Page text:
Your Rights as a Research Participant
As a participant in research, you have the following rights:
- To know the purpose of the research.
- To understand and know about all of the procedures involved in the research, including how many procedures, how much time each procedure will take, the side effects of any medications or devices, and any alternative treatments or procedures that may be available to you.
- To understand all of the risks or discomforts you may experience as a participant in the research.
- To understand the benefits of participating in the research, either to yourself, to family members, to others with similar conditions or experiences, to community members or to others in the future.
- To understand how the researcher will protect your privacy and prevent any disclosure of information or data obtained about you or that can identify you.
- To know whether any compensation for your time, effort, transportation or parking will be available to you, and when and how it will be provided.
- To know whether compensation for any injury incurred as a result of the research is available, and where to seek treatment if such an injury occurs.
- To know whom to contact in case you experience any problems with any of the research procedures, drugs or devices.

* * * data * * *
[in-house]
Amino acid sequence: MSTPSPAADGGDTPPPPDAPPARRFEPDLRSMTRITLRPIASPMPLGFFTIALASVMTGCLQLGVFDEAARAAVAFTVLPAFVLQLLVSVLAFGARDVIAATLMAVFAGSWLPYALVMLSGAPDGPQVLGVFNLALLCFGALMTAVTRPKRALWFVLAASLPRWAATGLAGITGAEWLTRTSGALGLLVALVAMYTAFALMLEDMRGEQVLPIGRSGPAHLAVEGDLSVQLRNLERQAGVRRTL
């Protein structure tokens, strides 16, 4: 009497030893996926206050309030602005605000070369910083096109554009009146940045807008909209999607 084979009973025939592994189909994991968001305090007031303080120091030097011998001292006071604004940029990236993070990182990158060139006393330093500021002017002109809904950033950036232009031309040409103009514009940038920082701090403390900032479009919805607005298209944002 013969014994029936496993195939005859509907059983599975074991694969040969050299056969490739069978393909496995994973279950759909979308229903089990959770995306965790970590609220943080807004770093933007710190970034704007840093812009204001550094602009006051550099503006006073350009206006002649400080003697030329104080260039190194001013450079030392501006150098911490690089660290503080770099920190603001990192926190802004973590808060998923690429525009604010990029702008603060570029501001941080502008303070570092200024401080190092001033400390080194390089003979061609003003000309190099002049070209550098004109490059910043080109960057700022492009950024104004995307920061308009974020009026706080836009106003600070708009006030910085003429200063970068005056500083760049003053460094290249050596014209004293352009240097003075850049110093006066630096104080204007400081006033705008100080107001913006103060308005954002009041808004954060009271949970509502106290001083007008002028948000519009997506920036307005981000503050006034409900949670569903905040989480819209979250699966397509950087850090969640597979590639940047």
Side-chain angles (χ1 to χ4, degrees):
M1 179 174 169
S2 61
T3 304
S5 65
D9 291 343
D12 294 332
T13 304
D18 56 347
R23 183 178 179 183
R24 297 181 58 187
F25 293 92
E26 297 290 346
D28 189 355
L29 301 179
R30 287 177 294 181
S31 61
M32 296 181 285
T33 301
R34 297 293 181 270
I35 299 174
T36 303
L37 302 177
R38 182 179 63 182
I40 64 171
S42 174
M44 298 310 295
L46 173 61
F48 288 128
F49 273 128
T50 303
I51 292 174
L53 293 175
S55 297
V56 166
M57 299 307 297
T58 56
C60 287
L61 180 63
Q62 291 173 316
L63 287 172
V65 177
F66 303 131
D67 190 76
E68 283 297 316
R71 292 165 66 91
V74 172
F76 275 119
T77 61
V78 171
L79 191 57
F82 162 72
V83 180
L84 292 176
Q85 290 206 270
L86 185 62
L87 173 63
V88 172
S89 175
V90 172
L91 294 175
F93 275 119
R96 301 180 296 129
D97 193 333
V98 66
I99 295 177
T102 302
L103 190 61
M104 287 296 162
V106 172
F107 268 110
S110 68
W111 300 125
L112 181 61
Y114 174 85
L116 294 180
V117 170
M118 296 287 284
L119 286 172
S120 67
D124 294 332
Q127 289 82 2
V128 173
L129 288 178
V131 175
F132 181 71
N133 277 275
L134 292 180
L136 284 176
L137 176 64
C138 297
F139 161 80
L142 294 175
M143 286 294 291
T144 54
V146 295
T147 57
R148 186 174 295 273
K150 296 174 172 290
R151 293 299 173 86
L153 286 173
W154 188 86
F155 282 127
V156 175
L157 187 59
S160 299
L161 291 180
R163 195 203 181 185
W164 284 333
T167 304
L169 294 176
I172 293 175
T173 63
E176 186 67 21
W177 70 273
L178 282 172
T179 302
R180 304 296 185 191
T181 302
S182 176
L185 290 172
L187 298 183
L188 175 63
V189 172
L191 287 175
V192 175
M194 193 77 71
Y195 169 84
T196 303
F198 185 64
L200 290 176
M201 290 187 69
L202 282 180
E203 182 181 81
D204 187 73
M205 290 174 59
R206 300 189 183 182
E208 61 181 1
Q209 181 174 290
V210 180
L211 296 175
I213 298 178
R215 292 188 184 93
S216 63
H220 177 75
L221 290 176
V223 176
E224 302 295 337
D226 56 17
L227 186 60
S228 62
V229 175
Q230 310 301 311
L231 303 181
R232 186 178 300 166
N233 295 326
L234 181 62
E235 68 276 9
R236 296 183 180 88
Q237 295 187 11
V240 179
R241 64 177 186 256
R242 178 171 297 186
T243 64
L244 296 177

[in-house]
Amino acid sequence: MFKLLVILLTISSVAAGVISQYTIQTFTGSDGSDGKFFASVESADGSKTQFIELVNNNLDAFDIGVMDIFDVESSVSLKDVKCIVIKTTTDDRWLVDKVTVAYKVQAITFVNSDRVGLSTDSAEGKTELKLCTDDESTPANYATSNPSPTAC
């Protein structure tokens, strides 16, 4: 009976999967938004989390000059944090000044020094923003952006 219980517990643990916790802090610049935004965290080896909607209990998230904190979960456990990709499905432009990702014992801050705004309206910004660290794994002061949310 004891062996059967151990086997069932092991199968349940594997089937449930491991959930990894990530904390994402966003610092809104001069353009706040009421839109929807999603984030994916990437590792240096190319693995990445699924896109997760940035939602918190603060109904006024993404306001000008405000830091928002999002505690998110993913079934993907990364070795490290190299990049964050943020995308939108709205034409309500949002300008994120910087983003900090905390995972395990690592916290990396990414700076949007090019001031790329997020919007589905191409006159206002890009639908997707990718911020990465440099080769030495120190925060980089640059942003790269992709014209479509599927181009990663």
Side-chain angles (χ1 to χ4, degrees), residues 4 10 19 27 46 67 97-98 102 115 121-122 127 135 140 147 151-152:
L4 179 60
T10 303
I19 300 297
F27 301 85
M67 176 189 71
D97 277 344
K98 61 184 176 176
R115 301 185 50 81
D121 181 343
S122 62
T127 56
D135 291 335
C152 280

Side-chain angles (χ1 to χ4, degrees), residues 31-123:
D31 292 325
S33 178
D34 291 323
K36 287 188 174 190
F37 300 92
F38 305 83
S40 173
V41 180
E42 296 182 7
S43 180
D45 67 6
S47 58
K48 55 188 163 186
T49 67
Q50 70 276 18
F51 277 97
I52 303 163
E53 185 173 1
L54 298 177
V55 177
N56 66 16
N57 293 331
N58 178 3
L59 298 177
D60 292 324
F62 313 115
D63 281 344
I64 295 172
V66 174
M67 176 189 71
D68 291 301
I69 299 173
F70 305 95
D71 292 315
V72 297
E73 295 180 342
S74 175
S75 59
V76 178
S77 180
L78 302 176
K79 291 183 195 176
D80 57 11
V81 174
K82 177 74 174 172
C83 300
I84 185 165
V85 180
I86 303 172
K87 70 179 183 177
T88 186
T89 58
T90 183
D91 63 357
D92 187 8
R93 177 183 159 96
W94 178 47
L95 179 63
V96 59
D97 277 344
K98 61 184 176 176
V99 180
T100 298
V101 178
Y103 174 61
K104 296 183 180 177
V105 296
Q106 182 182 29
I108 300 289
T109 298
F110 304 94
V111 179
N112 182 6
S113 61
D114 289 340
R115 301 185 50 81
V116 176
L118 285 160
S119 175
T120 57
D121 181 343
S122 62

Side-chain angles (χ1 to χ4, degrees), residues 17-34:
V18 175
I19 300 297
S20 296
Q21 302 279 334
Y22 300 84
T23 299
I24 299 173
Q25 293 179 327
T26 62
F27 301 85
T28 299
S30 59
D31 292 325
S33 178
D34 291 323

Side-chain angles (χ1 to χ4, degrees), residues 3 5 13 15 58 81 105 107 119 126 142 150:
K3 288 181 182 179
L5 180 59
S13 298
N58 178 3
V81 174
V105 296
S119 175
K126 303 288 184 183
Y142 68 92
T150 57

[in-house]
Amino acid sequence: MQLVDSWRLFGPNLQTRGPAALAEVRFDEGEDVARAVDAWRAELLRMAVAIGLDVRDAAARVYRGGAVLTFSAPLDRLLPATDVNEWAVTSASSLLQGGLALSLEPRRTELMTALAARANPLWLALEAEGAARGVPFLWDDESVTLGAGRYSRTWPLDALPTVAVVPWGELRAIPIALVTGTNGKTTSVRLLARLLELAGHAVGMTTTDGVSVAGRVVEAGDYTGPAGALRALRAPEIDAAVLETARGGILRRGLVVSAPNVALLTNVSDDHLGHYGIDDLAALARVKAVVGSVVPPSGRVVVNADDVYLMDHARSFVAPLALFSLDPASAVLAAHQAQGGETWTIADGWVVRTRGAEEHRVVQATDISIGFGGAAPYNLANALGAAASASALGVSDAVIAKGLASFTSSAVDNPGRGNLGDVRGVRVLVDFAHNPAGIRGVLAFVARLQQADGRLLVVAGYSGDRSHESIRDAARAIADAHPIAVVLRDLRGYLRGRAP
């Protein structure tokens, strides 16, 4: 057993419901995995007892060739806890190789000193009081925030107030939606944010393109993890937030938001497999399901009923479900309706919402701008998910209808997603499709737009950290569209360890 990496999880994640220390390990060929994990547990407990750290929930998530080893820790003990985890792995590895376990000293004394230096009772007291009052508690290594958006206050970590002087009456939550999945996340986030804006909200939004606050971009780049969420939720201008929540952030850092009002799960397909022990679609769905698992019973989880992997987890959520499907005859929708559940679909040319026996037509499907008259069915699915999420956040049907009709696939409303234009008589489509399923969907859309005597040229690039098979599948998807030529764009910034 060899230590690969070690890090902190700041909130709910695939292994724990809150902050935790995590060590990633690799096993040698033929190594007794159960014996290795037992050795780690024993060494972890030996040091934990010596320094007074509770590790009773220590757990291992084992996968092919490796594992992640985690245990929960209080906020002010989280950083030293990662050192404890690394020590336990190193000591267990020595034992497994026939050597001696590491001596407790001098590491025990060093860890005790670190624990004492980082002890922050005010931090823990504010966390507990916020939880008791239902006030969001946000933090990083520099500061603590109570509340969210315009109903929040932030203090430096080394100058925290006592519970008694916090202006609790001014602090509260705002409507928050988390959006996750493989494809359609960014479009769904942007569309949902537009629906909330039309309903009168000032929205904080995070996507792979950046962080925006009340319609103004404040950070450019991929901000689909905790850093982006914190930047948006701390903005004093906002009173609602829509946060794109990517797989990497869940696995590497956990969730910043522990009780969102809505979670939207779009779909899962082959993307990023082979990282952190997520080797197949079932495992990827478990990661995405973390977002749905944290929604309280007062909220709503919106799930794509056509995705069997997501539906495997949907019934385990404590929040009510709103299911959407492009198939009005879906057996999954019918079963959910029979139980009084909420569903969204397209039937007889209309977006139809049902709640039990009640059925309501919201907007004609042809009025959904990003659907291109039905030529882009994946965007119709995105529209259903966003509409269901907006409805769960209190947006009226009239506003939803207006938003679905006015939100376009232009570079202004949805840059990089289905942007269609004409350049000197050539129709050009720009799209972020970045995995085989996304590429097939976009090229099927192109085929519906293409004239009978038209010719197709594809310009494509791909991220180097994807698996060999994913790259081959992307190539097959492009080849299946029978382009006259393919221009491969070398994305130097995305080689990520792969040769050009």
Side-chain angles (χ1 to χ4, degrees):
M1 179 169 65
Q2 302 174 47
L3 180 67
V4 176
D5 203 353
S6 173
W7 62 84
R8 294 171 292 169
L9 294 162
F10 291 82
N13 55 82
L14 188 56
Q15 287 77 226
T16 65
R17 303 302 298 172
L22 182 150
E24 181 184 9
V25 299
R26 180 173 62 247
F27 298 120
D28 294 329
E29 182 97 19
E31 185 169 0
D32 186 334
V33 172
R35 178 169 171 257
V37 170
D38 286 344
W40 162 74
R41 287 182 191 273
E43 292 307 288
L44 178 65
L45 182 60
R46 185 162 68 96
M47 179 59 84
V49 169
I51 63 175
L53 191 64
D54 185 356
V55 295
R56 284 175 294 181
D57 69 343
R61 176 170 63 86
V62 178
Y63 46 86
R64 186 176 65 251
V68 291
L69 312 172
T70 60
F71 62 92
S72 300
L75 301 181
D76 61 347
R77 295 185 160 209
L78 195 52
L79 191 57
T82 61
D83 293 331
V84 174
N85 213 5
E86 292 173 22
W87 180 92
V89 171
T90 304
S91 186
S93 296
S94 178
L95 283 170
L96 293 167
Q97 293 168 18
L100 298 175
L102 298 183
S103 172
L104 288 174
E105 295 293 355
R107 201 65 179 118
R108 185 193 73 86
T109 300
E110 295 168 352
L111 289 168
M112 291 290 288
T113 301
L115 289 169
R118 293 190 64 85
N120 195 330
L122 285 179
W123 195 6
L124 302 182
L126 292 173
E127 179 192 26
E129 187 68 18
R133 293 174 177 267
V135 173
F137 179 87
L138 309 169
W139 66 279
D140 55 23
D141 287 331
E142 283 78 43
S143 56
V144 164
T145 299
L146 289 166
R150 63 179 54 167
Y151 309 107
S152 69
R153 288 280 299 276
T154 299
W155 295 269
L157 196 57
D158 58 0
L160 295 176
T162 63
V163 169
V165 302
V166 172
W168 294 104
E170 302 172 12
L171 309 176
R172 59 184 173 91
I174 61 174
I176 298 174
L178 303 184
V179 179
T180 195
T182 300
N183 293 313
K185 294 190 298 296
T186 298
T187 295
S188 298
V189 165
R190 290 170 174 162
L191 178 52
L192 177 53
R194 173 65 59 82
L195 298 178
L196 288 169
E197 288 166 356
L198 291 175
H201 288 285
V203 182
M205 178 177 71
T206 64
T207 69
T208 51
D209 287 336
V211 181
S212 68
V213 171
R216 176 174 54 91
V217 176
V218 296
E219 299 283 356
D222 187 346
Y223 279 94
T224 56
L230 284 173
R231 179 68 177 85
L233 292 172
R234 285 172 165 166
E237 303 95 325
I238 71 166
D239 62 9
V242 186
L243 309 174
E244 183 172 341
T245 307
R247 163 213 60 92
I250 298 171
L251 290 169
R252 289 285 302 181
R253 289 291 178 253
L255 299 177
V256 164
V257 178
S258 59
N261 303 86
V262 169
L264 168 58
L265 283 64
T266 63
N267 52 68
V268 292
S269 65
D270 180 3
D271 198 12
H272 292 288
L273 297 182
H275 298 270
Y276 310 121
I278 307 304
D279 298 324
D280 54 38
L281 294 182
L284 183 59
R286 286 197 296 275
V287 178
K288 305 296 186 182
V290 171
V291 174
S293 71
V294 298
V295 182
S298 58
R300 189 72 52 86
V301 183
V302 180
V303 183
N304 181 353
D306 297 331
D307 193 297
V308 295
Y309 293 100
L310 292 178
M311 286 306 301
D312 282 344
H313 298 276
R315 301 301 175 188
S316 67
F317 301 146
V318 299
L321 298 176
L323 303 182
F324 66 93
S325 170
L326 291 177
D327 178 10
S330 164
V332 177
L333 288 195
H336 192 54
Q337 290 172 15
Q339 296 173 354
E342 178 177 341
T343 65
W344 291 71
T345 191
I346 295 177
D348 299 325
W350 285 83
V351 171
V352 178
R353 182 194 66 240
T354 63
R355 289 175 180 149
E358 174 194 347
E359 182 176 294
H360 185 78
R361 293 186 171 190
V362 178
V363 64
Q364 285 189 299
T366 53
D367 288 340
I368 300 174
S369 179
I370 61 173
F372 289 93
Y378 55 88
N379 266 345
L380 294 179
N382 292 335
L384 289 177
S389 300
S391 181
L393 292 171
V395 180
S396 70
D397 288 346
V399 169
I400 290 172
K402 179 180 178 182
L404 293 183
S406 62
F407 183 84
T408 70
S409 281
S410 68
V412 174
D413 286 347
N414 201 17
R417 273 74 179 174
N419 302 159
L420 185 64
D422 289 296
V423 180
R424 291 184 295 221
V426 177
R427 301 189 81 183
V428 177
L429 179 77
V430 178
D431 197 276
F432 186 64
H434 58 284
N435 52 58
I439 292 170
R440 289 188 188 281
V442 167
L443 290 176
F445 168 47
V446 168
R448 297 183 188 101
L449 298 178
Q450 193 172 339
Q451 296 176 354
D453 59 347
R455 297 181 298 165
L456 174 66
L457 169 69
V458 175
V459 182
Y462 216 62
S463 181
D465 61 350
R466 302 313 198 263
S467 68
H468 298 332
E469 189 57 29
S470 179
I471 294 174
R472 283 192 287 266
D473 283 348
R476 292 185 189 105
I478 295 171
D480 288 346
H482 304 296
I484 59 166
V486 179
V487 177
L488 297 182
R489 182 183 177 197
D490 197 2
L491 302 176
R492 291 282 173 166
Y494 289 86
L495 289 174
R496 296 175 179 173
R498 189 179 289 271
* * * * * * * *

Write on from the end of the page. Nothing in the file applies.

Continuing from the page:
- To know whom to contact to ask any questions about the research, either before you agree to participate, and at any time during the research.
- To know whom to contact with any questions about your rights as a research participant.
- To know whom to contact if you have any complaints about the research or research staff.
- You do not have to participate in a research study.
- If you choose not to participate in a research study, you should not lose any benefits or services you would otherwise receive.
- If you choose to participate in a research study, you may choose to withdraw from the study at any time. Please note that some studies may involve tests or data that cannot be withdrawn from a study, even though you withdraw from the study. Any such circumstances should be noted on the consent form.
- All of the above information (as appropriate to the study) should be provided to you in a document called an Informed Consent Form.
- The consent form should be presented in a manner best understood by you: you may have a consent form read to you, you may take a consent form home and think about whether you want to participate in the research, you may ask a family member or a friend to assist you and read over the form with you, and you may ask the researcher to translate the consent form into your primary language.
- You should only sign the consent form when you understand everything about the study and are comfortable enough with the information provided in order to consent to participate in the study.
For more information, please visit the following links:
You may also contact the CHS office with any questions, concerns, complaints, or suggestions: